What the heck is a MOOC?!

MOOC_poster_mathplourde

This week in CA 260, we were given the below links and asked “How would CA 260 be different if it were taught entirely online (maybe as a MOOC)? Do you think you would enjoy it more or less? Do you think you would get more or less out of it as a student? Why?”

Firstly, you may be asking yourself the same thing I did: “What the heck is a MOOC?!!” Do not confuse it with a MOOK, which is defined as “a stupid or incompetent person.” However, ironically, a MOOC is “a course of study made available over the Internet without charge to a very large number of people.” (aka. Massive Open Online Course) So… if you are an incompetent person in a subject (i.e. a mook), you can use a MOOC to learn about said subject. (See what I did there?)

After reading the article is was surprised to see so many different options available in online learning. As a 35-year-old going back to college, MOOCs have been phenomenal resources throughout my college experience. I have personal familiarity (and possibly some partiality) to Smashing Magazine. One of my professors (Alma Hoffmann) is an editor for Smashing Magazine. She has posted several great articles that have helped me in my Graphic Design and Scripting courses. I can honestly say that she has been a profound and wonderful influence during my college experience. She writes the way she teaches, very easy to understand and puts her love for the subject into her writing. (Sorry, had to take a minute to brag on her amazing skills!)

Additionally, throughout my college experience I have also used Lynda.com and Khan Academy.

However, to answer this weeks question: “How would CA 260 be different if it were taught entirely online (maybe as a MOOC)? Do you think you would enjoy it more or less? Do you think you would get more or less out of it as a student? Why?” – I can honestly say that I would HATE (is there a stronger word I could use here?) having an entirely online class for a subject such as Web Design or Graphic Design. Here is what I have learned throughout college: You cannot ask an online tutorial a question! Maybe it is my generation. I was not raised with all the technology that today’s millennials have had, so maybe it is just me and a generational difference, but here is how my online tutorial experiences usually go (especially my Graphic Design courses):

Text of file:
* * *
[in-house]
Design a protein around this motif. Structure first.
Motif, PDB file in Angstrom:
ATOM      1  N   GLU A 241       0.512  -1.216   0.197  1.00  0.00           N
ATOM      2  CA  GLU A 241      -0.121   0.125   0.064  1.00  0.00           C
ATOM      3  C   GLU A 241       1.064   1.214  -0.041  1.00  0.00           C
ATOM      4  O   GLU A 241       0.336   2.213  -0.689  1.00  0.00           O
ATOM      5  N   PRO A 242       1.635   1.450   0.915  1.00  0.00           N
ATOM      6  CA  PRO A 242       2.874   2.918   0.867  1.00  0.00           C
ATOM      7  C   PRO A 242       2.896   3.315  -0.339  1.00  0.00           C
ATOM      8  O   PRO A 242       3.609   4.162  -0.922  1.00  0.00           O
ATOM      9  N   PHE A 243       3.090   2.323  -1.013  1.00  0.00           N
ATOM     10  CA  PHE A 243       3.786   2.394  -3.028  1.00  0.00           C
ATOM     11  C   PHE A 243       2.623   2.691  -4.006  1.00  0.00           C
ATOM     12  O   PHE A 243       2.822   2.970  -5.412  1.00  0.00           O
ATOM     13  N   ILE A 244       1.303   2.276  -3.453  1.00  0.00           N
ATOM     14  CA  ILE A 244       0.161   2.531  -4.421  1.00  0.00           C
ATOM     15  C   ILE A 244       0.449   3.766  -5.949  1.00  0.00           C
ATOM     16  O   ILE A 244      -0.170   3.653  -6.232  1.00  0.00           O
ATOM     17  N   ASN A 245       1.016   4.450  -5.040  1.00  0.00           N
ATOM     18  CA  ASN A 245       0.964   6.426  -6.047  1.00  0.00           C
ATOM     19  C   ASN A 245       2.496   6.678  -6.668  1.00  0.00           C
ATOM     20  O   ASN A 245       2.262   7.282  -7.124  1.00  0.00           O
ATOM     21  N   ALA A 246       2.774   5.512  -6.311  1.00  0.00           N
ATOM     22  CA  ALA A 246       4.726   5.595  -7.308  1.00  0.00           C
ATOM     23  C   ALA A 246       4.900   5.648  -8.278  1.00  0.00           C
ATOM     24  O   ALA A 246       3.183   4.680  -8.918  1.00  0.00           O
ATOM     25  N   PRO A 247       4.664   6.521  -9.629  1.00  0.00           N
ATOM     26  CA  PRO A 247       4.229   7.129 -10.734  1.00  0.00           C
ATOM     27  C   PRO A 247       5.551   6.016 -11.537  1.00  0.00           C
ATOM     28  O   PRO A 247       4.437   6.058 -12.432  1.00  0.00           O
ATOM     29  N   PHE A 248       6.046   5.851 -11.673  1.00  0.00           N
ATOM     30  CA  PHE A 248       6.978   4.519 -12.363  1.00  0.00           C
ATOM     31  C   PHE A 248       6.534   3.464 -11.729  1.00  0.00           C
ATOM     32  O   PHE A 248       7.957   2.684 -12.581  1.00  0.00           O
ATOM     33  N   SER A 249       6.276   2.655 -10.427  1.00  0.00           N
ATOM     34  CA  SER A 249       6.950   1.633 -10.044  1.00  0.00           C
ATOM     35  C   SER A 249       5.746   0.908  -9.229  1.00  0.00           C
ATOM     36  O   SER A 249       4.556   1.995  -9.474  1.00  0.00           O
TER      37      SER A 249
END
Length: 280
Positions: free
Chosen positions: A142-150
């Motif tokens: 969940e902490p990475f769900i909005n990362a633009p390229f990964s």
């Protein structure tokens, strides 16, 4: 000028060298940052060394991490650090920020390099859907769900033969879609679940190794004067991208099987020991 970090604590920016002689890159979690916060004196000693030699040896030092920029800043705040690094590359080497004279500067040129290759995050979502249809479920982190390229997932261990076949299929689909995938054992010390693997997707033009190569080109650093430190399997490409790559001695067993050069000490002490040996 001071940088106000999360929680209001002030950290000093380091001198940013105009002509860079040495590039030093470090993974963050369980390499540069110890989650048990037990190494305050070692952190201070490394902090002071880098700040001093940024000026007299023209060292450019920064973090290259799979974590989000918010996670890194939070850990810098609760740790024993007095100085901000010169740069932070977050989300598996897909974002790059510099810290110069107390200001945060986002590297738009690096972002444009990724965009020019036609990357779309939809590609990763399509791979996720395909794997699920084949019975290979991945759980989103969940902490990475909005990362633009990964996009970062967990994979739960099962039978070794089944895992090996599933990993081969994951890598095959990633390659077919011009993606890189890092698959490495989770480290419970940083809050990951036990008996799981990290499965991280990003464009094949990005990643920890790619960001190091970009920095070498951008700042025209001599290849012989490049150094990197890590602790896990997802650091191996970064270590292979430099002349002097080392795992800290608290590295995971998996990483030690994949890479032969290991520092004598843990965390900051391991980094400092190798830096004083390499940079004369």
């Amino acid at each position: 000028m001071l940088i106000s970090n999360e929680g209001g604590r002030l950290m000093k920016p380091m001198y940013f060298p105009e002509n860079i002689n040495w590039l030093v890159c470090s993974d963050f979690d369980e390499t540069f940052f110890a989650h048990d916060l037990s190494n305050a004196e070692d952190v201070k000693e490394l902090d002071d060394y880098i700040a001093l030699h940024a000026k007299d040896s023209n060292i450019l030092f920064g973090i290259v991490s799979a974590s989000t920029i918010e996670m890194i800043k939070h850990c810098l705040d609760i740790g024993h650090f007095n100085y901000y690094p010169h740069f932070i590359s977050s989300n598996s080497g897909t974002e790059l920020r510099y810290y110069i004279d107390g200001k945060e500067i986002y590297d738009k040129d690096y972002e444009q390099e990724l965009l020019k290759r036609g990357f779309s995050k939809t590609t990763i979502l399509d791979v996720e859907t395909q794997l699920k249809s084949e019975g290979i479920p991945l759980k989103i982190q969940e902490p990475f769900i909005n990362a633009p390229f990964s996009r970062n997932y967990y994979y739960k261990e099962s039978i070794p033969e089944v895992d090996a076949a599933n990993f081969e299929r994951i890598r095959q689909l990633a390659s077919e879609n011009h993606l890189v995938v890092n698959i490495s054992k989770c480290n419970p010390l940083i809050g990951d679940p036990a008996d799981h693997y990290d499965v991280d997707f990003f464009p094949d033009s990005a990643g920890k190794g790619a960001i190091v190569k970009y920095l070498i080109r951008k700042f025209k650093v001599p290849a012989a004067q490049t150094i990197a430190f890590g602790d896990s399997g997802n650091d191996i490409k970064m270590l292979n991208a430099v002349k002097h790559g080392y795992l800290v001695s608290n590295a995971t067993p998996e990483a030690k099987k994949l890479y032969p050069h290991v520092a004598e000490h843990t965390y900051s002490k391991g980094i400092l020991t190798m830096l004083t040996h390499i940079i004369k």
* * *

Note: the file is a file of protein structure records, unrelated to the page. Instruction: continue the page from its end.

1. I go to the recommended/assigned tutorial.
  2. Within 30 seconds, I have no idea what the person is doing.
  3. I rewind the video at least 5-6 times, trying to figure out what the person is clicking on.
  4. OK, I found what they are clicking on.
  5. But now I don’t understand what they are talking about.
  6. I pause the video.
  7. Now I am going to “the Google” to look up that word.
  8. Wait, I still don’t know what half the words in the definition are.
  9. Now I am Googling the definition to the definition i just looked up.
  10. Alright, now I’ve got it.
  11. Go back to the video.
  12. Play ten seconds of the video.
  13. Repeat steps 2-12.

There is a lot to say for the personal experience you can get in a classroom. While online tutorials can be AMAZING in enhancing a persons learning experience, it is just that… An enhancement. I have learned quite a bit from MOOCs. Don’t get me wrong –  they are a GREAT tool. However, there is a lot to be said from getting one on one assistance from someone who has already mastered a subject and has already made many of the mistakes you may be making and can help you understand more clearly.

Lastly, to answer the specific questions posed in this week’s discussion: If CA 260 were taught entirely online, I would never have signed up for the course, or if I had to take it online, I would most definitely be struggling more with the content. Therefore, I would not enjoy it at all and I do not think I would get the same level of understanding by taking it online.

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